We use cookies to enhance your experience on our website. By continuing to use our website, you are agreeing to our use of cookies. You can change your cookie settings at any time. Find out more
Select Bible Use this Lookup to open a specific Bible and passage. Start here to select a Bible.
Make selected Bible the default for Lookup tool.
Book: Ch.V. Select book from A-Z list, enter chapter and verse number, and click "Go."
  • Previous Result
  • Results
  • Look It Up Highlight any word or phrase, then click the button to begin a new search.
  • Highlight On / Off
  • Next Result

The Oxford Bible Commentary Line-by-line commentary for the New Revised Standard Version Bible.

Related Content

Commentary on Romans

Jump to: Select book from A-Z list, enter chapter and verse number, and click "Go."
Text Commentary side-by-side

Salutation ( 1:1–17 )

Although the basic shape of the salutation is the same in all Paul's letters (an indication of the sender(s) and recipient(s) followed by a short blessing), the form is flexible and was adapted by Paul to each letter's purpose. For example, Paul wrote Galatians in part as a defence of his divinely sanctioned apostolic authority; thus he identifies himself as ‘an apostle neither by human commission nor from human authorities’ (Gal 1:1 ). The salutation in Romans is distinguished by its lengthy description of ‘the gospel of God’ for which Paul was set apart (vv. 2–6 ). Such details establish Paul's credentials and identify common ground with his audience.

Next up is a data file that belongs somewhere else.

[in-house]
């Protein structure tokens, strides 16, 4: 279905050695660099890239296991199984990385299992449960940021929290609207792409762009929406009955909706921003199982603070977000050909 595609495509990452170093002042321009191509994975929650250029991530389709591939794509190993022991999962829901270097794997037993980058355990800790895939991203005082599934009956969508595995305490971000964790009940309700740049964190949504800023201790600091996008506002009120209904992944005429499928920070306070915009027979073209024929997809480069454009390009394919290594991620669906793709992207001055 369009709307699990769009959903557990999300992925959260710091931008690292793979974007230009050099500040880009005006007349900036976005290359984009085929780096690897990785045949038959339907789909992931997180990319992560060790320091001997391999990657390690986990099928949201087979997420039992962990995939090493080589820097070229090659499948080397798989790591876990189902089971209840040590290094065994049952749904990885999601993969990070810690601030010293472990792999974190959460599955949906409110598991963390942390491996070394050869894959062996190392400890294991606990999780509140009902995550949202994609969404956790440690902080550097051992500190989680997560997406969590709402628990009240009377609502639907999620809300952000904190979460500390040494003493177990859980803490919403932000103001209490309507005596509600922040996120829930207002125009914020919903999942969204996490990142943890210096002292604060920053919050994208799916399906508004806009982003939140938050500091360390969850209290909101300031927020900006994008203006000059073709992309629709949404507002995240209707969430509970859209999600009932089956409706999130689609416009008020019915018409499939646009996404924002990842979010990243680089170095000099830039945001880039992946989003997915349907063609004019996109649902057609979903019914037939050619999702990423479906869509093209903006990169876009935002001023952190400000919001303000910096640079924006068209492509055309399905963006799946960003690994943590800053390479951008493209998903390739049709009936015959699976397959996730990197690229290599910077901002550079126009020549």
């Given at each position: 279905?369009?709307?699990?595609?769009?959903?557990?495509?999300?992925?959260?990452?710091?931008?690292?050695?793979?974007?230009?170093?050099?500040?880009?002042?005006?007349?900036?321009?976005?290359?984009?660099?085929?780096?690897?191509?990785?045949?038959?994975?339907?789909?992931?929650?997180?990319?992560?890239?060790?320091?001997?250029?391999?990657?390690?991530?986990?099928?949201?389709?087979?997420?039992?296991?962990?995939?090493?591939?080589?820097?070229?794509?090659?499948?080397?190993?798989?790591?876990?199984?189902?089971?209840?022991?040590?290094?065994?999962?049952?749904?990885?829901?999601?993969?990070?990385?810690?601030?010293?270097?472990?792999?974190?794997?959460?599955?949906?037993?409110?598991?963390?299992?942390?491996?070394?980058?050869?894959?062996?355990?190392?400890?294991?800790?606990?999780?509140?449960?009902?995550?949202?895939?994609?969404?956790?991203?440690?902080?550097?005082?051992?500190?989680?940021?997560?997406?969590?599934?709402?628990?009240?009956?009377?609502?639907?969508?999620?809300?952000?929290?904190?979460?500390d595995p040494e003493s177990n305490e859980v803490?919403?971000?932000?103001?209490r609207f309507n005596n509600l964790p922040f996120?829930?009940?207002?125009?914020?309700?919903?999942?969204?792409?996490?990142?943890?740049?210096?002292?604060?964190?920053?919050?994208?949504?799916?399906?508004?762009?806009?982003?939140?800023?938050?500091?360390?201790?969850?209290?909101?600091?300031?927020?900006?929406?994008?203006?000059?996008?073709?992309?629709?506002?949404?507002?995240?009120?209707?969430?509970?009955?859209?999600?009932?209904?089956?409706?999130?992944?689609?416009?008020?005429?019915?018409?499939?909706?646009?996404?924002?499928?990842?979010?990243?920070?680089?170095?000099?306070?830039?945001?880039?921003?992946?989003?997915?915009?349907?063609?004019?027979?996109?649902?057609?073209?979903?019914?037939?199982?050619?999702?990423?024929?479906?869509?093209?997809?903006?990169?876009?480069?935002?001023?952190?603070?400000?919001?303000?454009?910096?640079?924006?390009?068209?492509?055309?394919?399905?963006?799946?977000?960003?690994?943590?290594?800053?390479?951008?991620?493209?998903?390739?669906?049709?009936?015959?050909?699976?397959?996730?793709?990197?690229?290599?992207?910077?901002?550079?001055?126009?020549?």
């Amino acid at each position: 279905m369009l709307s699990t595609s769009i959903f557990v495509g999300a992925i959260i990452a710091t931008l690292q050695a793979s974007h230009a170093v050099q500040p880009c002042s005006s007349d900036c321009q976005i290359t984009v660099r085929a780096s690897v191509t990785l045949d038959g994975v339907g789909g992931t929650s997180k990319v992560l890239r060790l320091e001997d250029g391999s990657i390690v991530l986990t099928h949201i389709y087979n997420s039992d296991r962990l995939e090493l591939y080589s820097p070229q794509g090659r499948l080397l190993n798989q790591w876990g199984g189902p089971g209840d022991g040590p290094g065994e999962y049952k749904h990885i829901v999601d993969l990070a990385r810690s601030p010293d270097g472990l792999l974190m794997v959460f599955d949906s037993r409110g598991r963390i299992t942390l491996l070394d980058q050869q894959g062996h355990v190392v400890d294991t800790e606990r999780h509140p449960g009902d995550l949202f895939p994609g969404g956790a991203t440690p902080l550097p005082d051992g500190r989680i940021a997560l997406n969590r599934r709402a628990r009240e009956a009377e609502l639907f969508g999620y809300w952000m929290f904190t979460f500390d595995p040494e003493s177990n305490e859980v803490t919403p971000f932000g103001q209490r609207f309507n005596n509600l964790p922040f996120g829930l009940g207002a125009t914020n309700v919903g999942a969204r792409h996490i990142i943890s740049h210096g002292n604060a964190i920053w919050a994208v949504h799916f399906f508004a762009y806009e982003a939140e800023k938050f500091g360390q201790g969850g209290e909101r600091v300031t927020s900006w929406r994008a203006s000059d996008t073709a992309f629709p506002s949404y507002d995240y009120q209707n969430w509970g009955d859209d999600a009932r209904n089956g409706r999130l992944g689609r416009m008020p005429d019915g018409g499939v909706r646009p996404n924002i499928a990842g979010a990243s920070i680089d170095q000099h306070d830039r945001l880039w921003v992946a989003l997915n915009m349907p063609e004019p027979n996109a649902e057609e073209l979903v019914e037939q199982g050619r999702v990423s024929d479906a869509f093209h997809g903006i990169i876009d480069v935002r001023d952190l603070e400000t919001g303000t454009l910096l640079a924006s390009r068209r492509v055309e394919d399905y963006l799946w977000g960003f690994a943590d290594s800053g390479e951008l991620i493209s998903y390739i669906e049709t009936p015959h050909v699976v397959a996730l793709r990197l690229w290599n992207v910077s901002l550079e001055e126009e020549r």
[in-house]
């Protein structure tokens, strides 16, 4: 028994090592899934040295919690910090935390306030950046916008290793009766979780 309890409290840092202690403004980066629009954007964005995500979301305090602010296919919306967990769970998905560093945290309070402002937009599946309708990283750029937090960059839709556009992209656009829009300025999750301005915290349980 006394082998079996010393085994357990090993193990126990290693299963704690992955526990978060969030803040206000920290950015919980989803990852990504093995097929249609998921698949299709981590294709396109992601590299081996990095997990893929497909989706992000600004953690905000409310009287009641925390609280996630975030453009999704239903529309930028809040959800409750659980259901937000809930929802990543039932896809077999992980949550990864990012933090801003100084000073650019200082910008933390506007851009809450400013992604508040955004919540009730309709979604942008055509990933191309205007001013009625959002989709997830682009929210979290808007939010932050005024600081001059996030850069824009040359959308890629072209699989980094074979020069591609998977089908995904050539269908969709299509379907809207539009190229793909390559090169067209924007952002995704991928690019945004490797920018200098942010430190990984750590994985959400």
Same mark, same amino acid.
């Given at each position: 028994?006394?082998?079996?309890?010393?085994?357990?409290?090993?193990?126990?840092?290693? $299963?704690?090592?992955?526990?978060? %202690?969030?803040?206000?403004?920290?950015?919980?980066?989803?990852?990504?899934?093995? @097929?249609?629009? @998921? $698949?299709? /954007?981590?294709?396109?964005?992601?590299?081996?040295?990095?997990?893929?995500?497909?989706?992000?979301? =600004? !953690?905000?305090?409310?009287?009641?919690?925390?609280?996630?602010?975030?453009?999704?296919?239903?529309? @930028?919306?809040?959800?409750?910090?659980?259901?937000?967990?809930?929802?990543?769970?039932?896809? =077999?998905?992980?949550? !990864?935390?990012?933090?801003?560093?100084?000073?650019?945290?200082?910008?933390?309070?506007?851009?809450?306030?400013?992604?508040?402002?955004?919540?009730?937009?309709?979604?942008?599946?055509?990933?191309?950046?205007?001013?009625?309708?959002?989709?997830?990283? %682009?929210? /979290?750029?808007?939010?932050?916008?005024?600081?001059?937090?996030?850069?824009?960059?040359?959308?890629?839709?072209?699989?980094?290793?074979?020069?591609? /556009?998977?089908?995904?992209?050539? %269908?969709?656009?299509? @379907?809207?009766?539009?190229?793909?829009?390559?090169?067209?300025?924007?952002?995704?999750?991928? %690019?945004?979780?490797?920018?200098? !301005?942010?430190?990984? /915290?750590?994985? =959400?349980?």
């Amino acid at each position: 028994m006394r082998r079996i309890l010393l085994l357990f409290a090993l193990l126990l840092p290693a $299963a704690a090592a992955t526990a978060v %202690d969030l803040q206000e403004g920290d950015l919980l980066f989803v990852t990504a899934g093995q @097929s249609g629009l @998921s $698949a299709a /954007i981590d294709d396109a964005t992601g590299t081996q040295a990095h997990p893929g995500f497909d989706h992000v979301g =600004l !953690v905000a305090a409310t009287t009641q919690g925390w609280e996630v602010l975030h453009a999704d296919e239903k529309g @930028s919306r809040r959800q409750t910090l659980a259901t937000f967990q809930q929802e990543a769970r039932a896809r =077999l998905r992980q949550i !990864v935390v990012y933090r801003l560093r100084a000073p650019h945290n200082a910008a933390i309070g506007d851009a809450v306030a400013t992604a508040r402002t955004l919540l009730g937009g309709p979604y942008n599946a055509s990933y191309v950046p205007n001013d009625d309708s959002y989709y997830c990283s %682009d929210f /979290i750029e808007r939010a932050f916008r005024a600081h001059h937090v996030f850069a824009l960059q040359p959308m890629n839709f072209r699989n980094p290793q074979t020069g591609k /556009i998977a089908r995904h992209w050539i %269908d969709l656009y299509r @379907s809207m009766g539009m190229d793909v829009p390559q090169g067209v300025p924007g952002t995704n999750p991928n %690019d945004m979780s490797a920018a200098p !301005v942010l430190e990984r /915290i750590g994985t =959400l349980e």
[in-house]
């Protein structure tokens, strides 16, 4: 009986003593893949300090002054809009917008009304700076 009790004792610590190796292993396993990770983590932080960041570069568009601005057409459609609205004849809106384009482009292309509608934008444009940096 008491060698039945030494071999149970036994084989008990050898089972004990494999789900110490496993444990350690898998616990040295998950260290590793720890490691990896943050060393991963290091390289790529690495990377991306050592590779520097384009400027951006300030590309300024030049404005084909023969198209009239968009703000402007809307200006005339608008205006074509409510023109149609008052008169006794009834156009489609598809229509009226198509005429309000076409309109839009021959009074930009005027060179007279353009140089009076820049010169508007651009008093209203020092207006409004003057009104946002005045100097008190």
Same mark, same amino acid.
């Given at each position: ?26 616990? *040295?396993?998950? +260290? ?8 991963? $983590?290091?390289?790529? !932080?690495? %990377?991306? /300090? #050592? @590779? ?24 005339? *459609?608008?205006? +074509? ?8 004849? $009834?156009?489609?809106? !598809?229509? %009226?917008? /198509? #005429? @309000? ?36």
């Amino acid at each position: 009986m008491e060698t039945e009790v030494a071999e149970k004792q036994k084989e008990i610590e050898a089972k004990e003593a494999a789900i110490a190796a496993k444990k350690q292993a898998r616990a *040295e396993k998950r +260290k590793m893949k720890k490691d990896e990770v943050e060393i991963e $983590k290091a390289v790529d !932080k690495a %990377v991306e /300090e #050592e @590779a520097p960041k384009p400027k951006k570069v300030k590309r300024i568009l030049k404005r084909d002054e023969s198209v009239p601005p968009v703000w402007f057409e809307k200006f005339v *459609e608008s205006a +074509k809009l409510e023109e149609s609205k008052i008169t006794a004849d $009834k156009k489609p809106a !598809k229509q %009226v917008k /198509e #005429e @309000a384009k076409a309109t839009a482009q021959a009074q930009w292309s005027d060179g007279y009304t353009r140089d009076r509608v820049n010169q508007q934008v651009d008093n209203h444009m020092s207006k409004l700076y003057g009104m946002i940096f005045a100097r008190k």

As in Phil 1:1 , Paul refers to himself as a ‘slave’ or ‘servant’ (doulos) of Jesus Christ (a designation paralleled, for example, in Jas 1:1, 2 Pet 1:1, Jude 1 ). It was customary for Jews to regard themselves or their leaders as ‘servants of God’ (Ps 19:11; 27:9; Neh 1:6; 2 Kings 18:12; Isa 20:3; Jer 7:25; Deut 32:36 ; etc.), and Israel itself is frequently identified as God's servant (Jer 46:27; Ezek 28:25; Isa 44:1, 45:4 ; etc.) (Dunn 1988: i. 7). The Christological appropriation of OT language about God is a consistent and revealing feature of the NT writings (e.g. cf. Phil 2:10–11; Isa 45:23 ). Also noteworthy is Paul's tendency to balance a statement about Christ with a statement about God. He wished the Romans ‘grace…and peace from [both] God our Father and the Lord Jesus Christ’ (v. 7 ); likewise, Paul mentioned that he was ‘set apart for the gospel of God…[which is] concerning his Son’ (vv. 1, 3 ) and offered thanks to ‘God through Jesus Christ for all of you’ (v. 8; cf. Rom 8:9 : ‘Spirit of God…Spirit of Christ’).

The mention of prophets, scriptures, and David (vv. 2–3 ) sounds a deliberate note of continuity with Israel's past. The connection between Paul's contemporary proclamation to Gentiles and God's ancient promises to Israel is of central importance in Romans (see esp. chs. 9–11 ). (On the plural ‘scriptures’, see Hays 1989: 34).

Many scholars think that the core of vv. 3–4 came from pre-Pauline Christian tradition, possibly in the form of an early Christological formulation (Byrne 1996: 43; Dodd 1932: 4–5). A pair of descriptions of the Son are set in parallel, distinguished by the contrasting Pauline terms ‘flesh’ and ‘spirit’: